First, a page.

There really are few things more satisfying than fresh farm eggs - dark chocolate and a good pot of hot coffee rank quite high on my list, too. Rhonda Jean over at Down to Earth has a wonderfully informative post on keeping backyard chickens and has asked us all in for a chat around the topic. We've had chickens for quite a few years and have learned a lot but there's always more to discover (like how to keep them safe from Wily Coyote and still allow them to range freely). Keeping chickens happy, healthy, and laying through the cold winter months have a few special considerations.
We like the Buff Orpingtons because they tolerate extremes of climate well. They're a large dual purpose (layers and meat) breed but we don't raise them for meat because I cannot kill my chickens. Their coop lays on a cement foundation that has been dug a couple of feet into the ground but the floor is dirt. In a dry climate like Colorado this hasn't been much of a problem as the dirt is so hard packed we can clean it out easily. It's 8 feet deep and 12 feet long. In the winter their little yard has to be scooped out so they can get some winter sunshine. When the snow melts in between storms the gate is opened so they can get good exercise and whatever else they fancy (but that is when the coyotes snatch them up so we have to be home to keep an eye out).
(Chicken Man Jerome with a bag of oyster shells)
Inside the coop in the winter we have a red heat lamp on which keeps the coop quite warm and has the added benefit of keeping their waterer thawed. The plastic cans hung so attractively over the waterer keeps the hens from perching on top of the waterer. You don't want your hens pooping in their water and they just can't help themselves from perching on things. The red lamp also gives them some calming light - we've never had a carnivorous pecking problem - and the extra light allows them to lay eggs all winter.
The coop has five nesting boxes which is enough for 25 hens. The straw is changed out every month. Right now we don't have any broody hens but occasionally one or another will nestle in and make it a bit harder to get the eggs. We've had roosters from time to time but unless you're wanting to get fertilized eggs and raise chicks roosters are kind of hard on the old girls. Roosters dig their spurs into the hens' backs and defeather them there.
Instead of mud and muck in the coop we tend to get more dust (see the thick layer of dust on top of the nesting box?). Every so often we have to take the shop vac into the coop and clean the dust off. You don't want to broom it off because it becomes incredibly hard to breathe in there. It's darn near impossible to clean a coop in the dead of winter and is accomplished only on those nicer sunny days.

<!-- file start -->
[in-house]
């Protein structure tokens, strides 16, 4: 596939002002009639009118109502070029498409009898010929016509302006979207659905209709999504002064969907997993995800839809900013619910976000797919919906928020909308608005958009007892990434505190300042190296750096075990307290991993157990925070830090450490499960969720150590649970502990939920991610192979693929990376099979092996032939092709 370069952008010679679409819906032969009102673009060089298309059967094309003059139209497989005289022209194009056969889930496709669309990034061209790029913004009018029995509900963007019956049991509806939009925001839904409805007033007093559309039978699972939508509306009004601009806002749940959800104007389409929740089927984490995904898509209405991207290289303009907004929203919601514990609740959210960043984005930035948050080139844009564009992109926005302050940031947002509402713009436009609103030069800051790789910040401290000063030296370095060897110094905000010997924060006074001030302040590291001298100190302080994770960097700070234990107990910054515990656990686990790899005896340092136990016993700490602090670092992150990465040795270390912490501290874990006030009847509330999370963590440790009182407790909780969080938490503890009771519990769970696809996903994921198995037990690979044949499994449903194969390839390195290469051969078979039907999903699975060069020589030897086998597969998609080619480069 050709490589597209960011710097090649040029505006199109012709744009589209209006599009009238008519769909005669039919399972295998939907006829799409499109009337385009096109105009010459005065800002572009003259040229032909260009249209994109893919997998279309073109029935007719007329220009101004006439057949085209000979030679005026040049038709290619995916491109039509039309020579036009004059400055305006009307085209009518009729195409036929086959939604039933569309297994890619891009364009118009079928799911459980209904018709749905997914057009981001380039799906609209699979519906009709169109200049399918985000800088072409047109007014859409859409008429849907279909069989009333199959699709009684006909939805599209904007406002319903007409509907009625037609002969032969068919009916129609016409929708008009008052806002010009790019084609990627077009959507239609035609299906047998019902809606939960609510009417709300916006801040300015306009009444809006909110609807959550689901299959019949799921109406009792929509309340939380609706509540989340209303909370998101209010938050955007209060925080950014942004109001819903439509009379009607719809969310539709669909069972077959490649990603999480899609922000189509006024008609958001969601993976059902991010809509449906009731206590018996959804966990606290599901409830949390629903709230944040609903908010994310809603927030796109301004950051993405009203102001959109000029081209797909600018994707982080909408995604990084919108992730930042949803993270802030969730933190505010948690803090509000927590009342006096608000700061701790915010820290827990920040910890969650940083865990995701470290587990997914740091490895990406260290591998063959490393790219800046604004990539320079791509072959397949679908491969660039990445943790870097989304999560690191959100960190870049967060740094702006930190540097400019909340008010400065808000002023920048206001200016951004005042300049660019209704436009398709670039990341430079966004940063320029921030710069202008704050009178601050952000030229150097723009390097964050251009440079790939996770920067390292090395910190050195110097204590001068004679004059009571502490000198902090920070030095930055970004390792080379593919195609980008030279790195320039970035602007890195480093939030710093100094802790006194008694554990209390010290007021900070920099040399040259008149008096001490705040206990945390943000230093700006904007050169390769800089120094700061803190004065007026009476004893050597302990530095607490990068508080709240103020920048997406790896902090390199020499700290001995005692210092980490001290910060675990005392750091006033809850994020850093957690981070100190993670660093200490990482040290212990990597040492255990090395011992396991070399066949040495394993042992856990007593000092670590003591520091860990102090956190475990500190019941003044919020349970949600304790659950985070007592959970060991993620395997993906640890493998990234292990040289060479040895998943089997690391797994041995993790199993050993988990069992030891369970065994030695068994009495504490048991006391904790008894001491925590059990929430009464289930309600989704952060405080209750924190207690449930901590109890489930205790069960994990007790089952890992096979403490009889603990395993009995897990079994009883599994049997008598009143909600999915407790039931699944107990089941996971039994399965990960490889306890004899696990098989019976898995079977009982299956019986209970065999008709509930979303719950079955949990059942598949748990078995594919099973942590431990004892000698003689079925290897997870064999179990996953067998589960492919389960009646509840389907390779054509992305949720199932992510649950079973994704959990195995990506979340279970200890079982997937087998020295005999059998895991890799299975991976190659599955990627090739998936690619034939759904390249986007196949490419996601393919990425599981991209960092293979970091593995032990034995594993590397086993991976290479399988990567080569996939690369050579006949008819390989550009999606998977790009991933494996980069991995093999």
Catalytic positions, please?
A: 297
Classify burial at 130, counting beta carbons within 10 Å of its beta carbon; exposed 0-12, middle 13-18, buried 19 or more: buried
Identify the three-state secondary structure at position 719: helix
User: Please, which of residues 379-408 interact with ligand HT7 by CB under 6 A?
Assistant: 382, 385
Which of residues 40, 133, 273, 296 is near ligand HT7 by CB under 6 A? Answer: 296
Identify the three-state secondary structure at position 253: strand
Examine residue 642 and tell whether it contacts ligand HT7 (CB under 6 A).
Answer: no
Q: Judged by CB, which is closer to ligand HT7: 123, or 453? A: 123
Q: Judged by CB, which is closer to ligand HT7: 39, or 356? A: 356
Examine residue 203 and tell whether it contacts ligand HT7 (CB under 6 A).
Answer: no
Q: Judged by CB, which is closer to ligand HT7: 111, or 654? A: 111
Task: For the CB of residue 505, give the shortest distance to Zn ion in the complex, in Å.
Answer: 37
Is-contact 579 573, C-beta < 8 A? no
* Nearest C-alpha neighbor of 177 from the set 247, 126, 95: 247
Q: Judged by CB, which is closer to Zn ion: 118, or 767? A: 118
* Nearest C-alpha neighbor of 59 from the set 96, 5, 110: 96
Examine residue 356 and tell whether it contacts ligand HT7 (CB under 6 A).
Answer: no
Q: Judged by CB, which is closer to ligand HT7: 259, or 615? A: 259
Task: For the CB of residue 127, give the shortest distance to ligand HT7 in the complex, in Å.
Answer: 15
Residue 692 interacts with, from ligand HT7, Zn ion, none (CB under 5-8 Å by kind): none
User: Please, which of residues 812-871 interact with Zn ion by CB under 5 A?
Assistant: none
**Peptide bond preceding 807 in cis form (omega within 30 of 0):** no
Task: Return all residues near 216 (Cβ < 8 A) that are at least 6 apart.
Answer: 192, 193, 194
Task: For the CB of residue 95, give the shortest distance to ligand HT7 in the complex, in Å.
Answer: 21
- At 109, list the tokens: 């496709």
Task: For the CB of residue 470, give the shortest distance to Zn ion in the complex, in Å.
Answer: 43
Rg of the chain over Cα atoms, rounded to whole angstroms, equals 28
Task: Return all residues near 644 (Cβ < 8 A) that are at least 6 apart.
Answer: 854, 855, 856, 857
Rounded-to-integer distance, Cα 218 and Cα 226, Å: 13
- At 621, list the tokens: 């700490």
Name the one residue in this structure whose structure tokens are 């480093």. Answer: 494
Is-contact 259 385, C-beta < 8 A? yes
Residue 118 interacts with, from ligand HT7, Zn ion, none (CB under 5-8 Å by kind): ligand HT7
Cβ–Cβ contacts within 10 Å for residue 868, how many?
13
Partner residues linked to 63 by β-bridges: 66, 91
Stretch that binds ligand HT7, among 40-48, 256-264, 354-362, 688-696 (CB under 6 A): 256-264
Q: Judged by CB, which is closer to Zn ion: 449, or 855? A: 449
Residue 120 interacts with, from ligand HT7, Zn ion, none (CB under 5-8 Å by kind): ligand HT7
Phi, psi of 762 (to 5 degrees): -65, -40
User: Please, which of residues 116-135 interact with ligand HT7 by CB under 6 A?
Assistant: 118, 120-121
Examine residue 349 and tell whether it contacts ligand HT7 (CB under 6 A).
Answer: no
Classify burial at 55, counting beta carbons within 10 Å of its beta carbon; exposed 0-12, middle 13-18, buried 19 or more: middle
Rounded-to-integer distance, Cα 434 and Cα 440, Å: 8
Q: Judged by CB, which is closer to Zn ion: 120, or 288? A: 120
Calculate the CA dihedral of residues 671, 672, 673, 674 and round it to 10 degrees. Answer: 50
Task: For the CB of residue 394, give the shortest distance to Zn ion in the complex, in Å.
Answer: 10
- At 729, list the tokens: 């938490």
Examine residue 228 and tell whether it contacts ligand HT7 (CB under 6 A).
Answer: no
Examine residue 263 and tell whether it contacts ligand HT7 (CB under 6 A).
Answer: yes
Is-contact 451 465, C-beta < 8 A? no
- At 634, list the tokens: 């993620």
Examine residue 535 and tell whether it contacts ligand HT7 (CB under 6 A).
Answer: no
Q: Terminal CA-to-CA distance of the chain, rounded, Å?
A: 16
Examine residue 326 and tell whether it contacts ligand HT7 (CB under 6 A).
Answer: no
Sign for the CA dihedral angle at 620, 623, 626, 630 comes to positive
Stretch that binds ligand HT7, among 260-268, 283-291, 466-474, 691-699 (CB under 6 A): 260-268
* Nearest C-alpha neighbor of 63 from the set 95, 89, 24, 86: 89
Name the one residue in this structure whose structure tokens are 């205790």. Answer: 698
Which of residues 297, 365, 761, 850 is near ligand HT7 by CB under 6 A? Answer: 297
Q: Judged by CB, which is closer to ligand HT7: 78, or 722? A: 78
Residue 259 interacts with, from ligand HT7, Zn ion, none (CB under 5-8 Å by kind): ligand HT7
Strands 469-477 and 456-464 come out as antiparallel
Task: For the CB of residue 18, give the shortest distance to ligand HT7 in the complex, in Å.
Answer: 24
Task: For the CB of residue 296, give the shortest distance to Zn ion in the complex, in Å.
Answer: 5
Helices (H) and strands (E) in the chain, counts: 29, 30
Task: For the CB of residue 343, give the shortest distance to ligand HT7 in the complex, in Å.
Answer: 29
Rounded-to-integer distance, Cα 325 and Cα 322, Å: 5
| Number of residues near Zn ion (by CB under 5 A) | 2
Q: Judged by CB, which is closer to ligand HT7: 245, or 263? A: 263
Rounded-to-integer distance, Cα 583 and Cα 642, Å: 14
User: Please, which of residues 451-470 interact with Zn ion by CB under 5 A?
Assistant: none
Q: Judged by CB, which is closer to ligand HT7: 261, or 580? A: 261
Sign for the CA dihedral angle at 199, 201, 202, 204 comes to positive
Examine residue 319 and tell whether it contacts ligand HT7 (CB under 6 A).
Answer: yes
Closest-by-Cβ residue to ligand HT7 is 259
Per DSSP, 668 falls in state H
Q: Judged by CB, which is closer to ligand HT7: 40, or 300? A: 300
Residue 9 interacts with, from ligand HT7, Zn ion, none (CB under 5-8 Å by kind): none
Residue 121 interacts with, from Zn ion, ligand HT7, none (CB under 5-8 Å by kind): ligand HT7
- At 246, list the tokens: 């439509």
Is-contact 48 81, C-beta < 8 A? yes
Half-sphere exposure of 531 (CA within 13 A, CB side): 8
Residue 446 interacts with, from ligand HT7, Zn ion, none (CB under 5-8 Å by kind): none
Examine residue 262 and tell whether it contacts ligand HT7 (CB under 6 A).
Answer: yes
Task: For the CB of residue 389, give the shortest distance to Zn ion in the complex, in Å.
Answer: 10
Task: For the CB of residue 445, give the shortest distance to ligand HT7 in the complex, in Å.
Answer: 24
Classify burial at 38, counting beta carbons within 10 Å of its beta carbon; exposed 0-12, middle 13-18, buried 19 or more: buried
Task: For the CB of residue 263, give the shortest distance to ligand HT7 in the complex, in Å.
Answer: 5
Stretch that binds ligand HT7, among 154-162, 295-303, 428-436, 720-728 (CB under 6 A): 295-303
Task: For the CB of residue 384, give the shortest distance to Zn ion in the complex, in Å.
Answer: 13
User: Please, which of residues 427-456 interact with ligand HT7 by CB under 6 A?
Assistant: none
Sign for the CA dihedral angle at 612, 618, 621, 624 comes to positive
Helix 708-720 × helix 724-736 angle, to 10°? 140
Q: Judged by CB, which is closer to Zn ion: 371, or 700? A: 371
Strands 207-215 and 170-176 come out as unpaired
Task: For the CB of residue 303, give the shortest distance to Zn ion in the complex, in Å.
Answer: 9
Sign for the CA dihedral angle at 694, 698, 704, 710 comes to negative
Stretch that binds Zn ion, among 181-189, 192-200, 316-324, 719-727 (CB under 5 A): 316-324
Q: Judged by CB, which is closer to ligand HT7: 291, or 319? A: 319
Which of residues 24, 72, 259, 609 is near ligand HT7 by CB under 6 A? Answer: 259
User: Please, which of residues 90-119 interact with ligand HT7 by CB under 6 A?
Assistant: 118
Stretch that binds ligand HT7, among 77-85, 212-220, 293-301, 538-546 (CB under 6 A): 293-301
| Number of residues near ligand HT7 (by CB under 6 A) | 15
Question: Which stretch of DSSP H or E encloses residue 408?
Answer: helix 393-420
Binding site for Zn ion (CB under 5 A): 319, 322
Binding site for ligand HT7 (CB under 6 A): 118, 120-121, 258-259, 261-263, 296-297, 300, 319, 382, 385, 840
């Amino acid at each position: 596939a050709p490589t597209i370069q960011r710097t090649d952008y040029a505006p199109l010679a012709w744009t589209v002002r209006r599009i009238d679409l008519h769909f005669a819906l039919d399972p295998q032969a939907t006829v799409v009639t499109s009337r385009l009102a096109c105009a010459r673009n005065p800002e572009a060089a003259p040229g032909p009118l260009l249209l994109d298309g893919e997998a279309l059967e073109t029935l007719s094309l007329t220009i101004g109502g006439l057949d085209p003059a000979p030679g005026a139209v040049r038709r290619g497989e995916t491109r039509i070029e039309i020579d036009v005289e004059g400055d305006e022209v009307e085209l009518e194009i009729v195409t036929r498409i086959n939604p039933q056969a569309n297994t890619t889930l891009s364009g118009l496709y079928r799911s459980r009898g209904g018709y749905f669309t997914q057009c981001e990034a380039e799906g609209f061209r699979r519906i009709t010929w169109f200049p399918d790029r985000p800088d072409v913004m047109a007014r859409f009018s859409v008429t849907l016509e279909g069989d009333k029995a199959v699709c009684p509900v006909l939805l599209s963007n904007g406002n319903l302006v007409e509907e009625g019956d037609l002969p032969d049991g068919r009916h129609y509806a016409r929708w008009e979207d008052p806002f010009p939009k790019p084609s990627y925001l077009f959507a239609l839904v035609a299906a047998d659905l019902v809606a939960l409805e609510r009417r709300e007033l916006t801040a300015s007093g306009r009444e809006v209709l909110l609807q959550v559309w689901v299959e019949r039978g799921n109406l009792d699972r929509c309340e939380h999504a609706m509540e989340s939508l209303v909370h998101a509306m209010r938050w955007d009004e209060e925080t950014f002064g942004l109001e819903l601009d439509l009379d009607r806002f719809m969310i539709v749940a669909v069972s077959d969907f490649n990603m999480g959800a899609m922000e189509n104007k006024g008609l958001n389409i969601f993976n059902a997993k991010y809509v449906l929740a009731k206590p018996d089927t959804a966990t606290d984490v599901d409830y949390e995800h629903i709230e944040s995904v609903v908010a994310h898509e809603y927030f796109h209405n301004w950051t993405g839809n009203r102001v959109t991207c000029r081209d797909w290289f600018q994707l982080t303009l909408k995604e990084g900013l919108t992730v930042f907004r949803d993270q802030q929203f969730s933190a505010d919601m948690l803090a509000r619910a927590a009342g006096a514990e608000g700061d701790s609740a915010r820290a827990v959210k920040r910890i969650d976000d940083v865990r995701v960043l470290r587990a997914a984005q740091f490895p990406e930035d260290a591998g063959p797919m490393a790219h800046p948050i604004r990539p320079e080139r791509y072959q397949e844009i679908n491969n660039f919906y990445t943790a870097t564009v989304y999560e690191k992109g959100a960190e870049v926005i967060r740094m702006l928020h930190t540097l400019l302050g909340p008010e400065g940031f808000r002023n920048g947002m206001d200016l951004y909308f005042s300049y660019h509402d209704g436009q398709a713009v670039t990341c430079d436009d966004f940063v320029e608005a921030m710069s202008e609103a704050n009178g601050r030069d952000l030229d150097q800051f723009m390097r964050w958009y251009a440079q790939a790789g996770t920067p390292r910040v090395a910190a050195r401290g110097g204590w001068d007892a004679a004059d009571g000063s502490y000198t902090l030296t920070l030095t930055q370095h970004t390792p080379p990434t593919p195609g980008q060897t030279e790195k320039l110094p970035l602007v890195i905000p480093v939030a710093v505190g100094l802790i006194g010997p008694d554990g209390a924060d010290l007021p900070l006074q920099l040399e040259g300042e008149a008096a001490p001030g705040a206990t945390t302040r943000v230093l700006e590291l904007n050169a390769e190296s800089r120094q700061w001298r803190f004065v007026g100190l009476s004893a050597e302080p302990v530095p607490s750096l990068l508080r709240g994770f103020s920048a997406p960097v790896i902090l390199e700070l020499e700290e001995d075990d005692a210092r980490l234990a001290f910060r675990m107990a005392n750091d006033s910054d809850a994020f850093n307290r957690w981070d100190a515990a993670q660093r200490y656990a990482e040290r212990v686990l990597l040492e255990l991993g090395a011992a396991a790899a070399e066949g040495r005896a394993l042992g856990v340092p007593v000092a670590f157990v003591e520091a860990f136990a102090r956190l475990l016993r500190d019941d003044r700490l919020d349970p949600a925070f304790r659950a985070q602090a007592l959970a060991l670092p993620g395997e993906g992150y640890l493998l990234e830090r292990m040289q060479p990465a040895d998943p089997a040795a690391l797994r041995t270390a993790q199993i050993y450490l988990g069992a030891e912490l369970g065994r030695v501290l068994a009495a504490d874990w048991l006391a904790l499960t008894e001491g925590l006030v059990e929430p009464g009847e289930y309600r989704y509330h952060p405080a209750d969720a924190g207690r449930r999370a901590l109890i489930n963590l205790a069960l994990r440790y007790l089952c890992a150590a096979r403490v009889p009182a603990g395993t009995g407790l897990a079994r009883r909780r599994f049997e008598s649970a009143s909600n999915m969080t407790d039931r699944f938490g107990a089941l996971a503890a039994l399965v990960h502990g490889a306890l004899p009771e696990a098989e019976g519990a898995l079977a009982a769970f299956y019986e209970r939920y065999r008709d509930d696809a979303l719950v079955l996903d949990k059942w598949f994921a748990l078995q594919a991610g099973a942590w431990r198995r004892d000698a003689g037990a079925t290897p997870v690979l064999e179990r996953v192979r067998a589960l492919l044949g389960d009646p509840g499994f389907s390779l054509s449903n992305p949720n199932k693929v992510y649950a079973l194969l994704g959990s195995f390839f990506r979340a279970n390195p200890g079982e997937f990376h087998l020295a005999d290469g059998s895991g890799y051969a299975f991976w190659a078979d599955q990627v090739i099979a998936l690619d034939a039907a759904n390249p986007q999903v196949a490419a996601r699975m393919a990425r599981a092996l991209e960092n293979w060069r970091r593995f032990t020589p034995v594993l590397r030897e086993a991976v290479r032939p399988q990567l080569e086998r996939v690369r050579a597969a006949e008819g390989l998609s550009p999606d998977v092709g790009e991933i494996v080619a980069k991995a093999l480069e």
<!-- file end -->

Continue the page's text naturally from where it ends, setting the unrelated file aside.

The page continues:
We make sure they have lots of greens in the winter - tops of carrots, lettuce that is a little wilted, leftover porridge, apples that aren't crunchy anymore, leftover soups/stews - in addition to their mash and grains. We don't feed them their own eggshells to prevent them from getting a taste for eggs. It will really make you angry to see little holes pecked in eggs that you've come to gather. Oyster shell keeps their shells and bones hard.
Hope this helps folks who would like to raise chickens in colder climates. And here's a confession that might help you realize that we all start somewhere. My first experience raising chickens was about 26 or 27 years ago. We were living in an old farmhouse up north of Denver which had barns and a coop. Jerry was raised on a ranch and was more knowledgable about the intricacies of chicken keeping but I was raised in the suburbs of Detroit and knew really nothing. Well then, Jerry was out of town for a couple of days and it was up to me, my stepdaughter Tracy who was 12 at the time, and my 3 year old Jessica to tend the chickens. It was getting late and I had the thought that the chickens - who were allowed to roam during the day - should be in their coop. So I and the girls went out to round them all up. It took us forever and the neighbors probably thought we were quite insane, running about, yelling, and coaxing chickens into their coop. We had them all in except one hen who ran into a small culvert out in the pasture to hide from the crazy banshees. How on earth do we get her out?, we wondered. We had Young Bandit, the border collie cross pound dog, and had the great idea of sending him into the culvert to chase the hen out. He didn't want to do it but he had no choice. In he went - with our encouragement - and out the other side minus the chicken who was still in the culvert. He somehow was able to go around that clever chicken inside the little culvert. We thought it was pretty amazing. She finally came out on her own and we hustled her into the coop. When Jerry got home later we all told him the story of our amazing chicken gathering feat. He laughed and laughed and laughed - at us. I hadn't a clue but have always known from that day on that chickens naturally will go back to their coop for the night when it is dark enough.